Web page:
Hypatia of Alexandria is in the mood in Spain because of the movie “Agora” by Alejandro Amenabar. So, I want to write about the artistic representations of this kind of heroine of the Hellenistic period. She was one of the few women in Antiquity who studies Mathemtics, Physics and Astronomy and died stoned for not practising any kind of Religion, maybe she was one of the first Atheist of our Age.
I want to start reflecting about how was her face. This drives us to one of my favourite themes of Egyptian Arts: El Fayum portraits. These portraits are maybe the first representations of real people in Antiquity. They were done for two reasons: to have a real portrait of a person when he was far from home and later, when he dies, to put in the sarcophagus for the eternal life, as usual in the funeral rites of the Egyptian people. These portraits were done by an special technique: encaustic, that employed honey to fix the colours of the painting. The result was an extremely vivid coloured image. We are fortunate cause numerous of these portraits survive nowadays. Here I show one the most realistic female El Fayum portraits which may reflect how a female looked at that age in Egypt.
The next image I want to comment comes from the 19th century. The author is Charles William Mitchell and we can related it with Victorian painting but with a component of Romanticism. It represents Hypatia in the moment before she is going to be killed. She is inside a christian temple, just close to the altar. There are a cross and a chalice over a table and we can see the christian symbol at that age (the greek letters X and P) stablished by Emperor Constantine.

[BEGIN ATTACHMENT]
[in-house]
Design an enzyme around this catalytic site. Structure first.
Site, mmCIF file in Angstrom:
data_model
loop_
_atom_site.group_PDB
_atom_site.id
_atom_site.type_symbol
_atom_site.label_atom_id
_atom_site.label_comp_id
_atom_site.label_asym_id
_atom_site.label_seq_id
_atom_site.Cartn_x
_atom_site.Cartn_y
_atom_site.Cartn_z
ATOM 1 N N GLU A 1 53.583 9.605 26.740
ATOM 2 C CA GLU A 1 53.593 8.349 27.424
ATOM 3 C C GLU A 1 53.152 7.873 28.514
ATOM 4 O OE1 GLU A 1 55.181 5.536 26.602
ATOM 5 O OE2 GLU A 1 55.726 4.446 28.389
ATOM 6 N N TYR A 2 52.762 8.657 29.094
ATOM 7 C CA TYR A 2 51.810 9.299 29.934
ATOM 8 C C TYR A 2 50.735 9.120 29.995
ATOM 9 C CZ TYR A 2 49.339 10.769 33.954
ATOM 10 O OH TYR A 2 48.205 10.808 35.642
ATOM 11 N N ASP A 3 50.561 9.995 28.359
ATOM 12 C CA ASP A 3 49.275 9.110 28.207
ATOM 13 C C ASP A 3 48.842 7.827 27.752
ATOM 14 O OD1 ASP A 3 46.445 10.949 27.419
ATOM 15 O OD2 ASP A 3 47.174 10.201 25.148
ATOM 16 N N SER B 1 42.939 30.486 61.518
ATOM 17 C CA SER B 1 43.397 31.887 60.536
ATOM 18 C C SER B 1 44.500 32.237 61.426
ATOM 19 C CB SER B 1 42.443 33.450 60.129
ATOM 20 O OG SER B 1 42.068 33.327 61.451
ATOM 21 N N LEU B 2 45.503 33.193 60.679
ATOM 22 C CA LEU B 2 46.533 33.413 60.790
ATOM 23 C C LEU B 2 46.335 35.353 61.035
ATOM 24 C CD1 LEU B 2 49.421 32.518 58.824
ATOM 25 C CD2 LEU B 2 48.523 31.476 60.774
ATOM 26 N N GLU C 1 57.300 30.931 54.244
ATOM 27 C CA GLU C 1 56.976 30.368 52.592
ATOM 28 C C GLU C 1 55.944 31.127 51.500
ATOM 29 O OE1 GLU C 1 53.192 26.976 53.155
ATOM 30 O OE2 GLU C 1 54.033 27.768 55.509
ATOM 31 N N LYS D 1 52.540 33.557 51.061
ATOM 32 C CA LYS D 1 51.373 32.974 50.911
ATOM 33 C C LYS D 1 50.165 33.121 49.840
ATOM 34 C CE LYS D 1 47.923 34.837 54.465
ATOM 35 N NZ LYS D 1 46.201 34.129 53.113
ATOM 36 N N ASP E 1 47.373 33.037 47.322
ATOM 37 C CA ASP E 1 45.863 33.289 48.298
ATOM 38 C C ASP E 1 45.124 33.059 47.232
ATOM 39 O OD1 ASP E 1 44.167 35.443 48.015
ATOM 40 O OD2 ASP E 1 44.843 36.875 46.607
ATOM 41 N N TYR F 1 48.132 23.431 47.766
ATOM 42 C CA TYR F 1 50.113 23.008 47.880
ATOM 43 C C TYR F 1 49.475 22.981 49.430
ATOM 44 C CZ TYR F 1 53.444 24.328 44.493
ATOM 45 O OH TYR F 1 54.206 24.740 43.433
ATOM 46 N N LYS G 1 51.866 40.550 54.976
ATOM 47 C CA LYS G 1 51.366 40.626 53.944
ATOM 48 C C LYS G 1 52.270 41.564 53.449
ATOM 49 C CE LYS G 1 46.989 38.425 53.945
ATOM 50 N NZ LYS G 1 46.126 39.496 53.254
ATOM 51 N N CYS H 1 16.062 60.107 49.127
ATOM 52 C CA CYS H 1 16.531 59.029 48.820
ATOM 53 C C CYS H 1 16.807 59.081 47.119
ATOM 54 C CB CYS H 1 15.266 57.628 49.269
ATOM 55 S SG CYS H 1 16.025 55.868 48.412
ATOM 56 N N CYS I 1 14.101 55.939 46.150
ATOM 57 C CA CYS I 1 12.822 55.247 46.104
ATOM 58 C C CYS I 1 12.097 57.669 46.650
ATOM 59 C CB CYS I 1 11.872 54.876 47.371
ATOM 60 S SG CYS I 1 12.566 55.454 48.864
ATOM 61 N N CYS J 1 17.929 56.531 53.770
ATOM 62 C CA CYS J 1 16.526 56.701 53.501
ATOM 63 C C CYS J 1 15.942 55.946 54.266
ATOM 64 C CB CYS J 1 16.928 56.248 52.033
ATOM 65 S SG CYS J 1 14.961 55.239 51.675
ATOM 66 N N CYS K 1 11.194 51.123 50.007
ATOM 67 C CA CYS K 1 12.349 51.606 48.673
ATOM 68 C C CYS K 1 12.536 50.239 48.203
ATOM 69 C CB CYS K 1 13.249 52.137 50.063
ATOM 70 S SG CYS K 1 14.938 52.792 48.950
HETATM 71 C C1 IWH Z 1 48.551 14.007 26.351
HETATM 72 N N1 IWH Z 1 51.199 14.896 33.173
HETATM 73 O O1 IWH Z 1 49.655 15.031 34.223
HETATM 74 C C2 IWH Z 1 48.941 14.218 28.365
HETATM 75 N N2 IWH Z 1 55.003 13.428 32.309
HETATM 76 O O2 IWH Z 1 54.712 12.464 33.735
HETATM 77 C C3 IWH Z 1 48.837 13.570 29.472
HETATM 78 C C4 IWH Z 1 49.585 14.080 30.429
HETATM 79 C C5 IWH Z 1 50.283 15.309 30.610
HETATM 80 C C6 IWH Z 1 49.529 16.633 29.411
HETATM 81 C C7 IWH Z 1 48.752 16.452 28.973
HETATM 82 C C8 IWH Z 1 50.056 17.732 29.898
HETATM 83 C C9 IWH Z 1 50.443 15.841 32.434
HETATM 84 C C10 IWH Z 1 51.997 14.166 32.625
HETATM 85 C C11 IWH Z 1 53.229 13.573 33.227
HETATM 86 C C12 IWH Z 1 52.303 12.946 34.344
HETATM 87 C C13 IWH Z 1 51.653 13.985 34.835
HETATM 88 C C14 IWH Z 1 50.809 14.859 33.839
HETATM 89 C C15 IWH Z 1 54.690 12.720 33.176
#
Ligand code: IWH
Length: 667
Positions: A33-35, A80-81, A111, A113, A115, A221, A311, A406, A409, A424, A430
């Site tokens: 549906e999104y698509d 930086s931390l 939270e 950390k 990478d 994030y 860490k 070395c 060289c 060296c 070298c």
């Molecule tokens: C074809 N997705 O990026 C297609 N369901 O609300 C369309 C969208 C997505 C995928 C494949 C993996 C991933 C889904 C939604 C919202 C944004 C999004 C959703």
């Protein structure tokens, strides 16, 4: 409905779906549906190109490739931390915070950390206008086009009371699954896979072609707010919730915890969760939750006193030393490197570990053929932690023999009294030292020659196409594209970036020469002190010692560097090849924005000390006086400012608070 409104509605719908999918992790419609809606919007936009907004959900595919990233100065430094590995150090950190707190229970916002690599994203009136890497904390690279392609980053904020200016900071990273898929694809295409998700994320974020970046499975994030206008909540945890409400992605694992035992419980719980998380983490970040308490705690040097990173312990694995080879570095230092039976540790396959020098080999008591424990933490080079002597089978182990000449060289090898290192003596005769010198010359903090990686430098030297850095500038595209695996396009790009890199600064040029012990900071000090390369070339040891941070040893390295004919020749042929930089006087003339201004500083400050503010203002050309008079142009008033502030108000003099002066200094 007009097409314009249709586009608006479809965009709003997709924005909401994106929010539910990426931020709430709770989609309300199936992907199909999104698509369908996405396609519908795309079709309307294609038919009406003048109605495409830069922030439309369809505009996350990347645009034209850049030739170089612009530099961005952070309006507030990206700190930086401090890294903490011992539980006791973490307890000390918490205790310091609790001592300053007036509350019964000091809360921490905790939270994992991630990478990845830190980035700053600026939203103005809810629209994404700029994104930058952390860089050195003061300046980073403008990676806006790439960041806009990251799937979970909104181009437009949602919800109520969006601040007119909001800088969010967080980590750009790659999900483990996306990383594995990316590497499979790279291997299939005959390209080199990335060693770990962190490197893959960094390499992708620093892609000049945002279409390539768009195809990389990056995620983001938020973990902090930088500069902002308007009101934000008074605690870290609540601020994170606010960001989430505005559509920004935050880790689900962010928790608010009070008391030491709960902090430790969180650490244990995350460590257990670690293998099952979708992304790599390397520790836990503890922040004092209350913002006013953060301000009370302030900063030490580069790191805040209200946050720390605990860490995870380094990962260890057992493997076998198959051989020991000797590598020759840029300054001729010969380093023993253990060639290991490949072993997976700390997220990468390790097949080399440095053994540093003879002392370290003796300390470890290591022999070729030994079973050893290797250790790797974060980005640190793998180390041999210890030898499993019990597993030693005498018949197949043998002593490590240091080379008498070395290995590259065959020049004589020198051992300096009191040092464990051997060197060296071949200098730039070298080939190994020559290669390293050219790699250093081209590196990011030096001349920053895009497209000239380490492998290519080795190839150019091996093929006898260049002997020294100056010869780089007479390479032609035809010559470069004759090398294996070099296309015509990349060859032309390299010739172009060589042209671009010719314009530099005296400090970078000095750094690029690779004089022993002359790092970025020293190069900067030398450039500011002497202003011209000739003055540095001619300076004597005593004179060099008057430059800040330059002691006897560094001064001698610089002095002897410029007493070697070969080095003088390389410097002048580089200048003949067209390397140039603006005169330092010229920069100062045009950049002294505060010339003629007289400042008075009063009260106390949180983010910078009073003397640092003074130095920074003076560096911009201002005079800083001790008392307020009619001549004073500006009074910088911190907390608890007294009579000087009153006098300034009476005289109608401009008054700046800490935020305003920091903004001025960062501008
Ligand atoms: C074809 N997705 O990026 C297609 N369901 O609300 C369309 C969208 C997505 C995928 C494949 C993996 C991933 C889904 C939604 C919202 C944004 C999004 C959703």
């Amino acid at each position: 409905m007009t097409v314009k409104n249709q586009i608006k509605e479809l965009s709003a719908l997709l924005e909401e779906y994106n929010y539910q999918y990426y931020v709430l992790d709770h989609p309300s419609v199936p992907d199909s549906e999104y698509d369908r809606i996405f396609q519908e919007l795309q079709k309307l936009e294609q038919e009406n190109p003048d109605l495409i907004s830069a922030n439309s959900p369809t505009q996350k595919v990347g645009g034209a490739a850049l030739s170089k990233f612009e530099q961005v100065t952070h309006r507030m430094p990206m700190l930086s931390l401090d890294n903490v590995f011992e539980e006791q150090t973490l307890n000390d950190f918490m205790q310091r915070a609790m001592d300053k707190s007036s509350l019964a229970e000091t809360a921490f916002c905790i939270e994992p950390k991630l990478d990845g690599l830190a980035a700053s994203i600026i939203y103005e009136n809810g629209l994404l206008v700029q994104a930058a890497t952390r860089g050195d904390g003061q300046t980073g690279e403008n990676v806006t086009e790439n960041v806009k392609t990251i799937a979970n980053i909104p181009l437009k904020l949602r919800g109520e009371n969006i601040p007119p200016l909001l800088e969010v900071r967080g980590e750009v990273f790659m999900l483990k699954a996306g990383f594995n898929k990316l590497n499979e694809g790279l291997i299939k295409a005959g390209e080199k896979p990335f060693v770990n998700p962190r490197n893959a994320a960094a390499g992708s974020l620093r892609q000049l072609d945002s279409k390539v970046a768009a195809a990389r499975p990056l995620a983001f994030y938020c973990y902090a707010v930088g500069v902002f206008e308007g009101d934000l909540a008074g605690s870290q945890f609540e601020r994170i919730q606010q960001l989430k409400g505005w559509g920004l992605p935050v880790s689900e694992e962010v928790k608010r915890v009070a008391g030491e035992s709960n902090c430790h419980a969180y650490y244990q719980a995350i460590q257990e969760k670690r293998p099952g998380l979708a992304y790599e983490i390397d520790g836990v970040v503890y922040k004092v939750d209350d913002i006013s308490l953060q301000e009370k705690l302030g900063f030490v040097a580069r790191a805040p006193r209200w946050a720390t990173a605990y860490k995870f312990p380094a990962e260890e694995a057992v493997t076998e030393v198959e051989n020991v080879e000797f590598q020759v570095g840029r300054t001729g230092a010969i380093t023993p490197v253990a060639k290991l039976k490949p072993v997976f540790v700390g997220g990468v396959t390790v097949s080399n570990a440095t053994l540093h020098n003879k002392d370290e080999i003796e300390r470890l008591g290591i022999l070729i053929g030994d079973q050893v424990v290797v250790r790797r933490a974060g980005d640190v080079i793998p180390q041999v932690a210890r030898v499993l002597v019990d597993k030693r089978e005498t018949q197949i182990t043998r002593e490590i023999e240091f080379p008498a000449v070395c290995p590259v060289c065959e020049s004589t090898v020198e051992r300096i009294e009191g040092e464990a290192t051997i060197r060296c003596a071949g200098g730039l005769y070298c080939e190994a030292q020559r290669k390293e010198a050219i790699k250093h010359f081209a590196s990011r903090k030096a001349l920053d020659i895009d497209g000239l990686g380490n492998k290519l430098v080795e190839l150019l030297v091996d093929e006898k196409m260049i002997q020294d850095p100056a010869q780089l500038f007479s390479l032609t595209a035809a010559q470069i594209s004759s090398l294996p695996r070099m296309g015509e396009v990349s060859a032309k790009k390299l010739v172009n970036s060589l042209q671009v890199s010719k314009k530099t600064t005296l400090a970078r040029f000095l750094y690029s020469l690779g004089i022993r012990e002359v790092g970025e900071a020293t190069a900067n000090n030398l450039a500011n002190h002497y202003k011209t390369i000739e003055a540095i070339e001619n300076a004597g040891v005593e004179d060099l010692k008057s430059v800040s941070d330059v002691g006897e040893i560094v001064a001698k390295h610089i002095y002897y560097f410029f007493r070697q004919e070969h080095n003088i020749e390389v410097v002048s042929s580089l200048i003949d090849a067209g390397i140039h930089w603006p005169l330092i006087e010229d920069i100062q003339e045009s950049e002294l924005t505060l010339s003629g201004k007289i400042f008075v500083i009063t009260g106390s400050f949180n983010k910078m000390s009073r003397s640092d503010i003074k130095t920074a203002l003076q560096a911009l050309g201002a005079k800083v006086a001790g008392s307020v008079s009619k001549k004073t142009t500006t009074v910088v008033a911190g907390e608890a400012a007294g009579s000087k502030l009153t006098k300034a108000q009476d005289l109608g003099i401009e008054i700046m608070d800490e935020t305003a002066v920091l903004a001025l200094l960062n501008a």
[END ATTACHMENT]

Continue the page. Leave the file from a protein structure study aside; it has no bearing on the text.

Hypatia is nude, but covering the body with her long red hair. Nudity was a previous punishment before torture in Roman Empire, just to dishonour people, to be ashamed inside the community she belongs. But there are strange elements in this painting if we consider the historical period and geography. As we have seen before Hypatia comes from Egypt, so her skin shouldn´t be pale and the hair shouldn´t be red. These components approach to the Romantic way of this painting. Mitchell is taking a Pre-Raphaelite woman to represent an Egyptian one from the fourth century.
Anyway, we must compare this victorian representation of Hypatia to others related with later Pre-Raphaelites as John William Waterhouse when he paints other punished female as “Mariamne Leaving the Judgement Seat of Herod” (1887) or John Everett Millais that painted “The Knight Errant” (1870) about a chained woman.
To finish this post about Hypatia I talk a few about the film “Agora”. The star of the film is Rachel Weisz. Her look and dressing in the film have more similarities with the real Hypatia than the painting of Mitchell. If you watch the film “Agora” you realise the documentation work there is behind the film: the buildings, the costumes, the behaviours, everything drives us to that great age of the Alexandria Library just before its decadence. Rachel Weisz does a good character, you must surprise if compares this film with others like “The Mummy”, Rachel, no doubt, looks another person. This is a very interesting film, because it is didactic. You can find some little lessons of Astronomy, Physics and Mathemathics in a very nice way. Also you found the fanaticism of that Age, and how some christian groups of the beginings could be as intolerant as the pagans a few years before. Hypatia died killed stoned by radical christians that doesn´t understand the attitude of a scientific female that don´t want to participate in religious questions. The film softens the death of Hypatia: one of her disciples breaks her neck just for her not to suffer the stone punishment.
“Agora” is, no doubt, one of the best historical spanish films and it´s very original in the point of view, with a component of feminism and heretics. Maybe just beacause of this I like too much this film.
Just three visions of Hypatia from the artistic perspective. Another point of view of this great female of Antiquity.